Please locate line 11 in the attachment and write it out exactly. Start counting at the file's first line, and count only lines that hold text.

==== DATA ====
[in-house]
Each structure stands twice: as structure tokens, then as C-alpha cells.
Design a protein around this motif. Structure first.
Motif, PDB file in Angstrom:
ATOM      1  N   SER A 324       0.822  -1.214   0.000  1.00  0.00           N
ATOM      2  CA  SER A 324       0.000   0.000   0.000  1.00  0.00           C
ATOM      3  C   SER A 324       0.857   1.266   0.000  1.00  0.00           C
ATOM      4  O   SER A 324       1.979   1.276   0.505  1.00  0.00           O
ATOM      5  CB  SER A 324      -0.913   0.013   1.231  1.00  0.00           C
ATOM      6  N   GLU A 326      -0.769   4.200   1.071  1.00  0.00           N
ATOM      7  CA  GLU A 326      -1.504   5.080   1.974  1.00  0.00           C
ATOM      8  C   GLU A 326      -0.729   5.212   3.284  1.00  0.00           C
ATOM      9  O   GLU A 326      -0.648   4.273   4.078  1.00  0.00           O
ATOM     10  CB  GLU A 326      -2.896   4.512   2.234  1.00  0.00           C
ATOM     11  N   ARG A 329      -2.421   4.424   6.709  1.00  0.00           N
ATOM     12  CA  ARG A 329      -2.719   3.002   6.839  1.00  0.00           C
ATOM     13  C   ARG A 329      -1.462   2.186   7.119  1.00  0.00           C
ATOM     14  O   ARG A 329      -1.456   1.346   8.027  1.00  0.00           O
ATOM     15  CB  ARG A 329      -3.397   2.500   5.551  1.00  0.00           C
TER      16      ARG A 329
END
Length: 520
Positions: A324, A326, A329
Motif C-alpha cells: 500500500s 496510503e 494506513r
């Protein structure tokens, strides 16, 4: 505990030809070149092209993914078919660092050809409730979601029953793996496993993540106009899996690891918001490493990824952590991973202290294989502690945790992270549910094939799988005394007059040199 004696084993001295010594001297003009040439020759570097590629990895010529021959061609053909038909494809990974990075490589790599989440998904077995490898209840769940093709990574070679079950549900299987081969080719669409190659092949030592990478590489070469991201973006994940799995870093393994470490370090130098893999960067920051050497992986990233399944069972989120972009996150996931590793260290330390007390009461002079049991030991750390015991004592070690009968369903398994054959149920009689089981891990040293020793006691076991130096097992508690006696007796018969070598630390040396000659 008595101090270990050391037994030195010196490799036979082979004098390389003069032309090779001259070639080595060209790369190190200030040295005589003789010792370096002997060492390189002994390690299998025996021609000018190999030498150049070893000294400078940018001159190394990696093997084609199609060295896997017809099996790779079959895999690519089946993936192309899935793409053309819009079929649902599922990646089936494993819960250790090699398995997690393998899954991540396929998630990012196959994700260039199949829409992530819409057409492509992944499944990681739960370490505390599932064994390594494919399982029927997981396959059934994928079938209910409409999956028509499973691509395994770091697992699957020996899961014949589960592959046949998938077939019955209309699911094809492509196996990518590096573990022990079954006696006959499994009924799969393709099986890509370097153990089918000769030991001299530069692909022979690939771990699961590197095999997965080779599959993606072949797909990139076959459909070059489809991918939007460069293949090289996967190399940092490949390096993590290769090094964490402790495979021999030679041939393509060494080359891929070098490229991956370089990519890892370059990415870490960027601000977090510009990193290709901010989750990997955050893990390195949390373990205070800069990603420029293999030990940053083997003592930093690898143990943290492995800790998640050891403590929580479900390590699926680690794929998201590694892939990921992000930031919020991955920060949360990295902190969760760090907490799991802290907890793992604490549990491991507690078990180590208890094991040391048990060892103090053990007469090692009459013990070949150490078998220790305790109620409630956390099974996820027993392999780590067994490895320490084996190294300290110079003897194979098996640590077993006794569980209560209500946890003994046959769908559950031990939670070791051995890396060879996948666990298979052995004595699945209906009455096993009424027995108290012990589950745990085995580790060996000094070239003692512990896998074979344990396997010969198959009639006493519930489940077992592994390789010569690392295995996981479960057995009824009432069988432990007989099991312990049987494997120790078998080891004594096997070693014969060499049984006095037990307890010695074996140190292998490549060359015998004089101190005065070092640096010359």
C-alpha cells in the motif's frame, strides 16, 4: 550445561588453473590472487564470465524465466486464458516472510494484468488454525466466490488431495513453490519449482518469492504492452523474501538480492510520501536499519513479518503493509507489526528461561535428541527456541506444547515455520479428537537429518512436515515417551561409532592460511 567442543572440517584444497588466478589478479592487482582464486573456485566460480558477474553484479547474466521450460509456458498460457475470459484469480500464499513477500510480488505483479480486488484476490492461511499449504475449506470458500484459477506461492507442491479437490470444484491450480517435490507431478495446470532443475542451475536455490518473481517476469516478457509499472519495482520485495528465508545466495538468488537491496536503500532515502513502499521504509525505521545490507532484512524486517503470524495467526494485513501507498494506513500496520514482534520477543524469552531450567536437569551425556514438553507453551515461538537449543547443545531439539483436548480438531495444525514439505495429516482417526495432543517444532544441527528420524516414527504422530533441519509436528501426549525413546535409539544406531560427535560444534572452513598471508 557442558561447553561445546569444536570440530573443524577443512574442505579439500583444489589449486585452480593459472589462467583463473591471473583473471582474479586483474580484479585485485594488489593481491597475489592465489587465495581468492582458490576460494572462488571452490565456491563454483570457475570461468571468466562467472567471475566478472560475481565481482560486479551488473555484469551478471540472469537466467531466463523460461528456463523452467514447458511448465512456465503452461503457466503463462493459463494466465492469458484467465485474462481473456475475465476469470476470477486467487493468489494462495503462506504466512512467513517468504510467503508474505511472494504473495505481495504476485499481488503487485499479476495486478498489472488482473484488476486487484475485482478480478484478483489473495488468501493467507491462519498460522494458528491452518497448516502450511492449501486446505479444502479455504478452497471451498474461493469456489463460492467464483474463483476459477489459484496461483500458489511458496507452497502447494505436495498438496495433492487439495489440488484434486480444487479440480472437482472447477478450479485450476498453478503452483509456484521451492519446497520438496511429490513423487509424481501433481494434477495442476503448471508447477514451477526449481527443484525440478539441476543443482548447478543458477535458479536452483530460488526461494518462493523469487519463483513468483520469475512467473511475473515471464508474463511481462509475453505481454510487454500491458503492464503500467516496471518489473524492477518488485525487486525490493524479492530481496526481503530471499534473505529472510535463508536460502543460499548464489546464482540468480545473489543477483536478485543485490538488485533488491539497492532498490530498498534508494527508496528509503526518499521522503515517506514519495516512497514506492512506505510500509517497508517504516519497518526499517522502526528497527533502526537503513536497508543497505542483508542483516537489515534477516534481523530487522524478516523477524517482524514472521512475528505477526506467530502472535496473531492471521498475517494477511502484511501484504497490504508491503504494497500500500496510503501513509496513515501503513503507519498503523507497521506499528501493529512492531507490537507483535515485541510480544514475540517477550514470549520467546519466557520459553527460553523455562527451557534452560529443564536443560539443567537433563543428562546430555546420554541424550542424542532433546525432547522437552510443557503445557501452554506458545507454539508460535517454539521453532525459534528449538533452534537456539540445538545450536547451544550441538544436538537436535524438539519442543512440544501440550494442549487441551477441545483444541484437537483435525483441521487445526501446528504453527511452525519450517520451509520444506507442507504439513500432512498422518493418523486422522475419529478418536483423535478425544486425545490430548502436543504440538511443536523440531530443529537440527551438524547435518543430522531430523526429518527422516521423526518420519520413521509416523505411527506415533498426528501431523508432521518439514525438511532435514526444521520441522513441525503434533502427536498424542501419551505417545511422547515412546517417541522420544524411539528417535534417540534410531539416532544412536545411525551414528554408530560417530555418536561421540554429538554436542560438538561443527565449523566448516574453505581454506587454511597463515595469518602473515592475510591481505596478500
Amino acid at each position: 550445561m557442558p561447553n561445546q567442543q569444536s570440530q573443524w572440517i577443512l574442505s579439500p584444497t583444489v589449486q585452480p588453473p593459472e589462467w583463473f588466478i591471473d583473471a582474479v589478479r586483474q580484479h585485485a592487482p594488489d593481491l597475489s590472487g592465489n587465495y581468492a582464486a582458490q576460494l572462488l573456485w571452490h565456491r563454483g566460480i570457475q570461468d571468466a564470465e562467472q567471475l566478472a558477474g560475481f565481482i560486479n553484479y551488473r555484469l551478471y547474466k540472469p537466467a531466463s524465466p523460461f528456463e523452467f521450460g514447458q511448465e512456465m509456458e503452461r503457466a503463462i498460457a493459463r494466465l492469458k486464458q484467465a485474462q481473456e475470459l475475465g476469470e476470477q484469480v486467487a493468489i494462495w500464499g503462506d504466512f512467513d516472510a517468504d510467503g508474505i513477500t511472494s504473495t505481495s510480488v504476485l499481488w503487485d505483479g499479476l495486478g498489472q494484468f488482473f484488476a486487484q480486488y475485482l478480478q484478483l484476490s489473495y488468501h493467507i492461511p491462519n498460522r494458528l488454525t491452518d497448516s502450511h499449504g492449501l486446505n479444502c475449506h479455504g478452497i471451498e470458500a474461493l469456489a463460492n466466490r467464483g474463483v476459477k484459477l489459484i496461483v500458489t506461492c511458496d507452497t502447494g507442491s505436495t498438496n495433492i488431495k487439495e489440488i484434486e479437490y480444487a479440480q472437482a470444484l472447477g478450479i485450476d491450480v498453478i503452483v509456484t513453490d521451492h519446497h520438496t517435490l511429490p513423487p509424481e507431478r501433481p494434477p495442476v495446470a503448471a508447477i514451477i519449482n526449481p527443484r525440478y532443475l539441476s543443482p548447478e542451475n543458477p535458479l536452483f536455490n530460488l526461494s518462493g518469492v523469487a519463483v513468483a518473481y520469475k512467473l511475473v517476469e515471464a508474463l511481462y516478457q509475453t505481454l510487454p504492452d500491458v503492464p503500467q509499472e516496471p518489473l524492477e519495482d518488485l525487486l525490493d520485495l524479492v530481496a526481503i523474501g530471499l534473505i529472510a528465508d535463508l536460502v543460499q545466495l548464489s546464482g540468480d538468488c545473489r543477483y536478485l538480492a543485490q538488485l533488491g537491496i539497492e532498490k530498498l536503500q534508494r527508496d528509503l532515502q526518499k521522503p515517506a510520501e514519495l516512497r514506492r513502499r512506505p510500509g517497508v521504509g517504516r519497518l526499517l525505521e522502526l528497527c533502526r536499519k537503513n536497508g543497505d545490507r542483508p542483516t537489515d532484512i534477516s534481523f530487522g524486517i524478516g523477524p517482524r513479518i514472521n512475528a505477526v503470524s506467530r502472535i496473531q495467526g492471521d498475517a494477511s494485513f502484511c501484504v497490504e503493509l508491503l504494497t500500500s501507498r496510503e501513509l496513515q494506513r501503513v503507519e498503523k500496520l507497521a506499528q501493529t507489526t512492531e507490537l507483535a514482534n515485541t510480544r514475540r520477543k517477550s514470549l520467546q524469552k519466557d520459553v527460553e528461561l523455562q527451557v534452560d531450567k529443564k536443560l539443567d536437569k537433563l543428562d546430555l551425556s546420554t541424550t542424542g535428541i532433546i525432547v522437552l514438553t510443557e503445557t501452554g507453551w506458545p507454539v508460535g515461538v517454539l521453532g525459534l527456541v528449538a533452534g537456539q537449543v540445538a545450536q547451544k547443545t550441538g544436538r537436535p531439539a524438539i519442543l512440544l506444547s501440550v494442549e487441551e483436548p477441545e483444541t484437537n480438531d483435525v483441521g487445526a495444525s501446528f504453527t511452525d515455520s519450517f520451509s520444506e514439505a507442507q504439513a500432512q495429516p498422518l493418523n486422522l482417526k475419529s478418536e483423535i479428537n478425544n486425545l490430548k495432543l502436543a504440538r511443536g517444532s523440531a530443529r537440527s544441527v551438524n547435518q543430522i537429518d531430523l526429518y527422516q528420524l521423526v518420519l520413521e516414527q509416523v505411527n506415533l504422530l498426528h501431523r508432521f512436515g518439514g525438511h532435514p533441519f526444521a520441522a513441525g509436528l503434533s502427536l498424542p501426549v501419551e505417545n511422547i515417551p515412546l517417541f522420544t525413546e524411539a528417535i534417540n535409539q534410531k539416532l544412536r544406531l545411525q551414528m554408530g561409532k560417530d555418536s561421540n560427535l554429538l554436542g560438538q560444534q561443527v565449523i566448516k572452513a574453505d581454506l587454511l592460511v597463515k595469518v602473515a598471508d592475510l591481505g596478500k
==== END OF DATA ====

ATOM      7  CA  GLU A 326      -1.504   5.080   1.974  1.00  0.00           C